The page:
My cot was placed on stairs with the bottom part being propped up to compensate for the slope. I had to be kept hidden. I never understood why that was so. I vividly remember scraping away bits of wall-paper to pass the time.

      I asked my mother why I was kept on the stairs. She never gave me a satisfactory answer. I will just have to accept it now. Life is always on a bit of a slope.

      Liked by 1 person

  4. Curt Mekemson Says:

    The only aunt I truly remember Gerard, owned a candy shop, not a bad aunt to have. (All the grandkids, nieces and nephews love Peggy.) But I am wondering about you being farmed out and hidden… –Curt

    Liked by 2 people

    • gerard oosterman Says:

      Not all my aunts were bad. Aunt Agnes was an angel. She never married and became a teacher. The kids loved her. As adults many ex- students still visited her in Amsterdam.
      She also used to spoil us with ice-cream or sweets.

      Like

      • Curt Mekemson Says:

        Teachers may be the best. Peggy’s many years as a teacher and principal obvious reflects her love of kids, and they know it. I used to watch them run up at give her knee hugs at the elementary school where she was principal. –Curt

        Liked by 1 person

      • gerard oosterman Says:

        Aunt Agnes was one of those rare breeds, a natural and very good teacher. No one mucked up with her, yet she was not strict. She never married and never had children of her own.

        Like

  5. kaytisweetlandrasmussen83 Says:

    I’ve lived with a number of my aunts Gerard, which is different. When you live with them, you can simply slip away when visitors get boring. I love Mankell and would be pleased if a grandson lifted it or anything else in the literary world—I could give you a new audience by leaving an Oosterman in plain view.

    Liked by 1 person

  6. Yvonne Says:

    Well, that’s rather “mondane”! 😦

    Liked by 2 people

  7. Big M Says:

    I used to be frustrated as a child, all of the aunts used to get together and talk the same old shit (still do). The uncles seemed more practical, so retreated to the garage for a quick oil change, or check on the plugs ‘n’ points. There were some really old aunts. One used to spend six or eight weeks with each family every couple of years. She never owned a toilet chair, but did her business in a bucket at night!!

    Liked by 1 person

    • gerard oosterman Says:

      Yes, visiting aunts feature in many children’s lives. I walked past Vinnies in Mittagong a couple of days ago with Helvi, and they had a mouth watering gleaming second hand chrome toilet chair for sale. A steal at $ 40.-
      Helvi often get very good books at the Mittagong store.

      Liked by 1 person

  8. gerard oosterman Says:

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    Liked by 1 person

  9. gerard oosterman Says:

    I like the ‘non scalpel, Advanced Open-Ended. How can that be? Do they use a small cloth- peg on the outside, or what? It wasn’t around when I had mine done. ( Barbara Simcock)

    Liked by 1 person

  10. kaytisweetlandrasmussen83 Says:

    Yes, “mondane” and “luring”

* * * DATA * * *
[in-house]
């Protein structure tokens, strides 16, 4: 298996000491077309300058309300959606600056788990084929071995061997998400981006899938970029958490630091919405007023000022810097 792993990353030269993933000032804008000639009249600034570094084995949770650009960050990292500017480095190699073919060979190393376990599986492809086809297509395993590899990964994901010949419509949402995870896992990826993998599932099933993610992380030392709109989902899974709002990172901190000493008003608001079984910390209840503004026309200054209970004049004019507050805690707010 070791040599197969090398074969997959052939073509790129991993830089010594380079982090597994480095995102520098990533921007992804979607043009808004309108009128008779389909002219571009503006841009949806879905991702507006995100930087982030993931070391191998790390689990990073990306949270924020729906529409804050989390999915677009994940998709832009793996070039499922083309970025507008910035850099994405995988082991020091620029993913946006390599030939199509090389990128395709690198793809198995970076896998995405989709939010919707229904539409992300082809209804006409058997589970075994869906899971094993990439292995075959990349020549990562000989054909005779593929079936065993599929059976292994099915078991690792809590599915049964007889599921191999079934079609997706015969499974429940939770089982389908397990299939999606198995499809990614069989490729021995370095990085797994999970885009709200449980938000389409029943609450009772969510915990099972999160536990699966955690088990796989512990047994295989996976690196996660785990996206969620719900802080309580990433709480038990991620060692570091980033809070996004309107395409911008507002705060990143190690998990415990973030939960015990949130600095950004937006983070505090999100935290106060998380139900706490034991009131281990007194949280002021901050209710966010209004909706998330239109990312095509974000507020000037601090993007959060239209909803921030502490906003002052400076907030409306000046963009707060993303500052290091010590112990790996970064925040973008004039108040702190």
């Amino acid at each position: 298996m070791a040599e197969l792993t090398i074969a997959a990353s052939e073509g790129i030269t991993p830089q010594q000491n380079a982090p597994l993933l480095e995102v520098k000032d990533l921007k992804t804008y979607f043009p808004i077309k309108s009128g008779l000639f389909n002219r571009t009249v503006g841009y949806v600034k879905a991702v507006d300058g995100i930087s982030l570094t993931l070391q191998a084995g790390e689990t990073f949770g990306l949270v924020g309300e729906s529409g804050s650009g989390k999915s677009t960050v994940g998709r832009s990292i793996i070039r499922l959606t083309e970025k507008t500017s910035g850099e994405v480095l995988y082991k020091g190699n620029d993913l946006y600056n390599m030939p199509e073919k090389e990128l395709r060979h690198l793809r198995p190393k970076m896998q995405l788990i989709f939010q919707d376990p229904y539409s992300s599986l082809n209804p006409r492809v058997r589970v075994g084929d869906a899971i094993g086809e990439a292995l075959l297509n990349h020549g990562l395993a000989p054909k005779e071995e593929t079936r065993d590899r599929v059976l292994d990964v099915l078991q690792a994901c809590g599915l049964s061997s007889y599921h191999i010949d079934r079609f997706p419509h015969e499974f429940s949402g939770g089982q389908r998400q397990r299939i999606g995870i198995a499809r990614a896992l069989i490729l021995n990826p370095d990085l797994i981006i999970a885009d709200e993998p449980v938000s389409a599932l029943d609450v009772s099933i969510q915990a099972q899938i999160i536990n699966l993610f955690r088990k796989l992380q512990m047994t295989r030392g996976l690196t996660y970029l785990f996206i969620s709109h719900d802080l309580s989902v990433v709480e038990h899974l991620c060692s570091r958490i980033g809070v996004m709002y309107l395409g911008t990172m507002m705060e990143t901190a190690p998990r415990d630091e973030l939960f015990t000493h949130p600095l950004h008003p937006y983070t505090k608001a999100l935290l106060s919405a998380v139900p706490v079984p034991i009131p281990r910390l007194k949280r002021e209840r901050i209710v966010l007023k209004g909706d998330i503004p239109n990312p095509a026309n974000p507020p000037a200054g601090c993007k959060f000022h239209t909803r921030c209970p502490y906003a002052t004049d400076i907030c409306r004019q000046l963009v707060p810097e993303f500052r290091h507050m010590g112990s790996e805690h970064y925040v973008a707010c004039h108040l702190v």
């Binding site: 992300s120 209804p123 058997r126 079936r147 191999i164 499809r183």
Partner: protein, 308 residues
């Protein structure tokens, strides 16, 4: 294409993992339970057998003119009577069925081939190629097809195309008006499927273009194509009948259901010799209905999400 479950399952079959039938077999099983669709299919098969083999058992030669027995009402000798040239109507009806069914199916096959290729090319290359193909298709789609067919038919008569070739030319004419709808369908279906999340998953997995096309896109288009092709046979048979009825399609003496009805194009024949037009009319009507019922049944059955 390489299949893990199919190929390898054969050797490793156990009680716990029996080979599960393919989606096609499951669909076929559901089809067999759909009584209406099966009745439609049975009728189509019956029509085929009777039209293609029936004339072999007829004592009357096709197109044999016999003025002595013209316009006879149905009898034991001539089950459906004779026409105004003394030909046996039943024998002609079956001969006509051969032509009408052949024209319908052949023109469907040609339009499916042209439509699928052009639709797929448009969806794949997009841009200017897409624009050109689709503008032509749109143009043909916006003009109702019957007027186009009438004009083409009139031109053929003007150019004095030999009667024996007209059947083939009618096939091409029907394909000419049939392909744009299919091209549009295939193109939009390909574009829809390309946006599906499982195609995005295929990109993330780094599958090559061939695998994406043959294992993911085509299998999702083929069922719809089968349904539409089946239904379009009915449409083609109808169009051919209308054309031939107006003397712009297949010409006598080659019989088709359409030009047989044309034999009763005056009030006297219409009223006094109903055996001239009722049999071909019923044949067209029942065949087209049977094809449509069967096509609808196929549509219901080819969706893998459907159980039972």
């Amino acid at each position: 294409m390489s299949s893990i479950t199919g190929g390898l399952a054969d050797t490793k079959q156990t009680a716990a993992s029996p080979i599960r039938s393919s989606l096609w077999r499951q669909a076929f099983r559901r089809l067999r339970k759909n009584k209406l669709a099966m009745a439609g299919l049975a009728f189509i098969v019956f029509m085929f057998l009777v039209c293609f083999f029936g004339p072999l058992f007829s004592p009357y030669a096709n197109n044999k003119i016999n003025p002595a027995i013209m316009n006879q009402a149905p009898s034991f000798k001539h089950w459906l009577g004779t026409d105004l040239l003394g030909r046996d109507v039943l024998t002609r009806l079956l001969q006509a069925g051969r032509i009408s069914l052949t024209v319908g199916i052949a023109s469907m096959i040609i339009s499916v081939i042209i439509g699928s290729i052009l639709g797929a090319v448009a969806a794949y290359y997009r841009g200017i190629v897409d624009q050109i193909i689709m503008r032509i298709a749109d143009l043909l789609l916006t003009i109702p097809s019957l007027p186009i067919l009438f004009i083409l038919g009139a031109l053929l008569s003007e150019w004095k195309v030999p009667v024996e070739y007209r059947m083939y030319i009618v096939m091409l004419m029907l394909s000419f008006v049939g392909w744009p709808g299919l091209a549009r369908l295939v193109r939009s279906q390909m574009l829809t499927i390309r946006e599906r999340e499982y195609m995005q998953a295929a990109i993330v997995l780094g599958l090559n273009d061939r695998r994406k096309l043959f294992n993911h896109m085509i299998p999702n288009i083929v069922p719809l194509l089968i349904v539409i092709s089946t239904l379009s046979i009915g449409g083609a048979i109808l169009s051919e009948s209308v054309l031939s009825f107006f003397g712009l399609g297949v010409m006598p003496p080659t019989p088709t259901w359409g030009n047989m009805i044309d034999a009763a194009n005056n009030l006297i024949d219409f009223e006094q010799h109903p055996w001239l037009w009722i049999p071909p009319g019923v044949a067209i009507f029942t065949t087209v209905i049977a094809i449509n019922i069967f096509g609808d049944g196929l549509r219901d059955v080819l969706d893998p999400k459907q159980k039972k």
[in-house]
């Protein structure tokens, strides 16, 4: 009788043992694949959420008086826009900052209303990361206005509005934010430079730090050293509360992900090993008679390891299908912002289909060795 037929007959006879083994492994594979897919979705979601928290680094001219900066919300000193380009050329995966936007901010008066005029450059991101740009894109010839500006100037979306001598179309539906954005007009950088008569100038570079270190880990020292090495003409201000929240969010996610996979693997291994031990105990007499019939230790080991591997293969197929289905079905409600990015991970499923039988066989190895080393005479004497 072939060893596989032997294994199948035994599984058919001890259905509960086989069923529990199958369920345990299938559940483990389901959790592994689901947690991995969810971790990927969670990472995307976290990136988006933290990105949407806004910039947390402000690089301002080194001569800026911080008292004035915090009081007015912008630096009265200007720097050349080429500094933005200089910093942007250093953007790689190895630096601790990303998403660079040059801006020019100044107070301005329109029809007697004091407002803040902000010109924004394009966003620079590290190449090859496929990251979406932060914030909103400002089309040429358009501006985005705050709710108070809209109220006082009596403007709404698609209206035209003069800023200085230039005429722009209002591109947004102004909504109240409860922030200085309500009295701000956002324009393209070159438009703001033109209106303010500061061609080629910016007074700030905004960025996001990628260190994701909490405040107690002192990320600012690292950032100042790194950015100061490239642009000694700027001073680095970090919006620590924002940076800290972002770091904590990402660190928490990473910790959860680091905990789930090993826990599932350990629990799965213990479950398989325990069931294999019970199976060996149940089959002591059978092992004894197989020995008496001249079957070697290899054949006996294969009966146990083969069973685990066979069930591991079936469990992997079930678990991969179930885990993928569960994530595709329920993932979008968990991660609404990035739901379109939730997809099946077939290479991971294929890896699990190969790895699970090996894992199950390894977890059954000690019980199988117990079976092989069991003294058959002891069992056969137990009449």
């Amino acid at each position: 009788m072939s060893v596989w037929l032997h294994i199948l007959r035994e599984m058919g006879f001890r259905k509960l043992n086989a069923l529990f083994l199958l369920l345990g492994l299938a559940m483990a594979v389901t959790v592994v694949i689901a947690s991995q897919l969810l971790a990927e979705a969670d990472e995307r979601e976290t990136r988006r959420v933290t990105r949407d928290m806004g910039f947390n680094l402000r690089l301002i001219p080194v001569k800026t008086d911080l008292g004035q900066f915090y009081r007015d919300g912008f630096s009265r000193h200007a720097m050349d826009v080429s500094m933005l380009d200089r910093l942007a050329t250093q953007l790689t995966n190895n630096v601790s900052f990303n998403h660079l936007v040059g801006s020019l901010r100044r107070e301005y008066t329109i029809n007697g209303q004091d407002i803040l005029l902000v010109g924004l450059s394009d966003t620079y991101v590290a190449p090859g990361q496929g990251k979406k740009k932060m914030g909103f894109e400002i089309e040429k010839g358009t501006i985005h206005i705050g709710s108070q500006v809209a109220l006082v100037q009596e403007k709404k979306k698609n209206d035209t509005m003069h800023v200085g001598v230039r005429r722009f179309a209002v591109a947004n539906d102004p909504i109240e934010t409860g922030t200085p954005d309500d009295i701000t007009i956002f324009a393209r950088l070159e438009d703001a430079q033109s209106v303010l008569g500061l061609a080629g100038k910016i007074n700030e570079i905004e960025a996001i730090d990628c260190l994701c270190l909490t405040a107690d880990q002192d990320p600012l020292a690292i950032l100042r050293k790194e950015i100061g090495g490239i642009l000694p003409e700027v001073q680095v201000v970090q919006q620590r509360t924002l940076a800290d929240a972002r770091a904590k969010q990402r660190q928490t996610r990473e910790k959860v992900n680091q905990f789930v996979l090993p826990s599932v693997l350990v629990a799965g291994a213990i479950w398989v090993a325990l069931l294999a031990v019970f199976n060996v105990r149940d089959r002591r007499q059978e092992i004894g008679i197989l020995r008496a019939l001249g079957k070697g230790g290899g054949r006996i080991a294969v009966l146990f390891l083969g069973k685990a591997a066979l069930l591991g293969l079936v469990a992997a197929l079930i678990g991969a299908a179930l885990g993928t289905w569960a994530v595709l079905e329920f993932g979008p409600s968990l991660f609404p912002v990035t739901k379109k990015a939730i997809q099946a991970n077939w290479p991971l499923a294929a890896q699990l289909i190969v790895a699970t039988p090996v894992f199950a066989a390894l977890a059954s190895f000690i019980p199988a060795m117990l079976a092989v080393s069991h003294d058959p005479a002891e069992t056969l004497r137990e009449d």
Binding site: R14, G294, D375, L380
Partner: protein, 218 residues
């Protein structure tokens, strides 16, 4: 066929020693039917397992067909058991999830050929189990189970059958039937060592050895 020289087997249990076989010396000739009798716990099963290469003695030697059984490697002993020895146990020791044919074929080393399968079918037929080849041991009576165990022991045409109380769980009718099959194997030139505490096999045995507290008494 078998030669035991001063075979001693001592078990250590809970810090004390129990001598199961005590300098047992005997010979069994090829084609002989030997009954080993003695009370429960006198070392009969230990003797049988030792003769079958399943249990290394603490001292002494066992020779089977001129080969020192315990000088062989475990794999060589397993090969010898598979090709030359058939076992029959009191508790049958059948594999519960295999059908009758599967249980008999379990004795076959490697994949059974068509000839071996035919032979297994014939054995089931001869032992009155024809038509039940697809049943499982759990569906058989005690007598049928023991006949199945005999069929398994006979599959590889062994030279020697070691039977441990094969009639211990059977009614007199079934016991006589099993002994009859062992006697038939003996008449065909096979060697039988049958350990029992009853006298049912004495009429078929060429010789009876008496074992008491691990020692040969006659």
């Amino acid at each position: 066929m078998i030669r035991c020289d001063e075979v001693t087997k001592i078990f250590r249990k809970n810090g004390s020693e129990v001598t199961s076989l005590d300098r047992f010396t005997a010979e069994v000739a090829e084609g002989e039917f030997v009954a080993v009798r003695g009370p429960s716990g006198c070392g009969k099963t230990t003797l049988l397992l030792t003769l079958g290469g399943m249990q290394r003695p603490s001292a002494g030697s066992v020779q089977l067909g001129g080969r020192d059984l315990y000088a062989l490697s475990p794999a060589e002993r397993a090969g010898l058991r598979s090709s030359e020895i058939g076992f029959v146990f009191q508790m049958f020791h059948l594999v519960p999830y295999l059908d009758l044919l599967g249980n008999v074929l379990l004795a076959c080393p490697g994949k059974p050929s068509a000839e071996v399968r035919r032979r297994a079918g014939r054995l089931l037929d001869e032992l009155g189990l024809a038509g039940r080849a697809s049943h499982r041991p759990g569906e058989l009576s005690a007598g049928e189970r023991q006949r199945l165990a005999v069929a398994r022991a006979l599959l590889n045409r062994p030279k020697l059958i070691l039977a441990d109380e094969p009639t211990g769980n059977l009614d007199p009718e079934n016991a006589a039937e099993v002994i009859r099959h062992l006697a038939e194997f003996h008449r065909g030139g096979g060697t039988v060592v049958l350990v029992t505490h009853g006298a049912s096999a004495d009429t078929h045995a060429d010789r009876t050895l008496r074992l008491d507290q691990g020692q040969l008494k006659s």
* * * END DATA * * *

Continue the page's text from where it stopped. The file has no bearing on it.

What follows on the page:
Liked by 2 people

    • gerard oosterman Says:

      You are my literary Master, Kayti. I’ll never reach your level of language skill. I put the ‘luring sentence’ that I used on Google and only the segment of my book came up. It is either glaringly wrong, or the sentence is so unique that no one used it before.
      I think it is the former.
      Is it a matter of Syntax?

      Like

  11. Patti Küche Says:

    My mother and aunts talked so much about Jackie (Kennedy), Liz (Taylor) and Grace (Kelly) that I began to think they were aunts as well. I do remember the ancients in the family with hairy chins with their husbands the drunkels.

    Liked by 1 person

    • gerard oosterman Says:

      Yes, Patti. Here it was Princess Diana. It went on for years. The magazines found something to do with her life and marriage so meaningful and which endlessly fascinated the public.

      Her head was always featured tilted sideways giving her a look that many could not resist and associated it with sainthood,an almost religious fervour.

      People in shops used to faint near the cash registers whenever another detail about Diana was promised in a magazine.

      Like

  12. Andrew Says:

    Auntie Florrie & Auntie Bessie were our dreaded aunts. Older than time and twice as deaf. They were actually Great Aunts. They just weren’t great. Merely ancient.

    Liked by 1 person

    • gerard oosterman Says:

      The aunt with the toilet chair wasn’t even an aunt. She was the mother of Mr. Van Dijk who migrated to Australia in the early fifties.

      When we arrived in 1956 we lived with them for a while giving us the chance getting back on our own feet.

      It must have been during the war that we were dragged along to visit her in bombed-out Rotterdam. I remember her toilet chair and a strong perfume smell.

      They were difficult years.

      Nice to see you again, Andrew.

      Like

  13. kaytisweetlandrasmussen83 Says:

    Regarding the word in question, I think it’s an example of original thinking. Now you just have to create a definition.

    Like

  14. kaytisweetlandrasmussen83 Says:

    On second look I think you said exactly what you meant: a luring wink made it very clear . I first saw “leering”, but it would be the same thing, a sexy enticement!

    Also, I would NEVER presume to change anything. You are far too good with words Gerard.

    Like